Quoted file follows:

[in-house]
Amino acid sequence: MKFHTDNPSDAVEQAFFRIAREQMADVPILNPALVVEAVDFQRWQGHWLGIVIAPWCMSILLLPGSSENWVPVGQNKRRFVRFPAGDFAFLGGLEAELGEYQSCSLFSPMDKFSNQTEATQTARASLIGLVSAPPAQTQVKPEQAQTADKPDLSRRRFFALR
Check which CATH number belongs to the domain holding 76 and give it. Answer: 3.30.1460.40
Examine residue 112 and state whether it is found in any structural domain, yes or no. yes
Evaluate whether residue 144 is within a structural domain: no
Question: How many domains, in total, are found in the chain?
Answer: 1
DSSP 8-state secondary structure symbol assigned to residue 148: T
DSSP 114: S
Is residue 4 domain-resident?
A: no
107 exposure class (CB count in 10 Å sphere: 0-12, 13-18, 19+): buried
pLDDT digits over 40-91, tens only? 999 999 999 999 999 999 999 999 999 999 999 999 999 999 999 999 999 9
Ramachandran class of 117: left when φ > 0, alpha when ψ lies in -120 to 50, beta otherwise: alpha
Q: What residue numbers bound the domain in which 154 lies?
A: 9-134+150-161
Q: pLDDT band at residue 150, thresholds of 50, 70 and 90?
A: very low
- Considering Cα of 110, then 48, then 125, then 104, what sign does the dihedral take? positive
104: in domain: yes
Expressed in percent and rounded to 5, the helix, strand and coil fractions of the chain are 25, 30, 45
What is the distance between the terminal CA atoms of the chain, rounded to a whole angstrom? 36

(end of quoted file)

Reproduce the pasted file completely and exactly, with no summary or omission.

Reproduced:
[in-house]
Amino acid sequence: MKFHTDNPSDAVEQAFFRIAREQMADVPILNPALVVEAVDFQRWQGHWLGIVIAPWCMSILLLPGSSENWVPVGQNKRRFVRFPAGDFAFLGGLEAELGEYQSCSLFSPMDKFSNQTEATQTARASLIGLVSAPPAQTQVKPEQAQTADKPDLSRRRFFALR
Check which CATH number belongs to the domain holding 76 and give it. Answer: 3.30.1460.40
Examine residue 112 and state whether it is found in any structural domain, yes or no. yes
Evaluate whether residue 144 is within a structural domain: no
Question: How many domains, in total, are found in the chain?
Answer: 1
DSSP 8-state secondary structure symbol assigned to residue 148: T
DSSP 114: S
Is residue 4 domain-resident?
A: no
107 exposure class (CB count in 10 Å sphere: 0-12, 13-18, 19+): buried
pLDDT digits over 40-91, tens only? 999 999 999 999 999 999 999 999 999 999 999 999 999 999 999 999 999 9
Ramachandran class of 117: left when φ > 0, alpha when ψ lies in -120 to 50, beta otherwise: alpha
Q: What residue numbers bound the domain in which 154 lies?
A: 9-134+150-161
Q: pLDDT band at residue 150, thresholds of 50, 70 and 90?
A: very low
- Considering Cα of 110, then 48, then 125, then 104, what sign does the dihedral take? positive
104: in domain: yes
Expressed in percent and rounded to 5, the helix, strand and coil fractions of the chain are 25, 30, 45
What is the distance between the terminal CA atoms of the chain, rounded to a whole angstrom? 36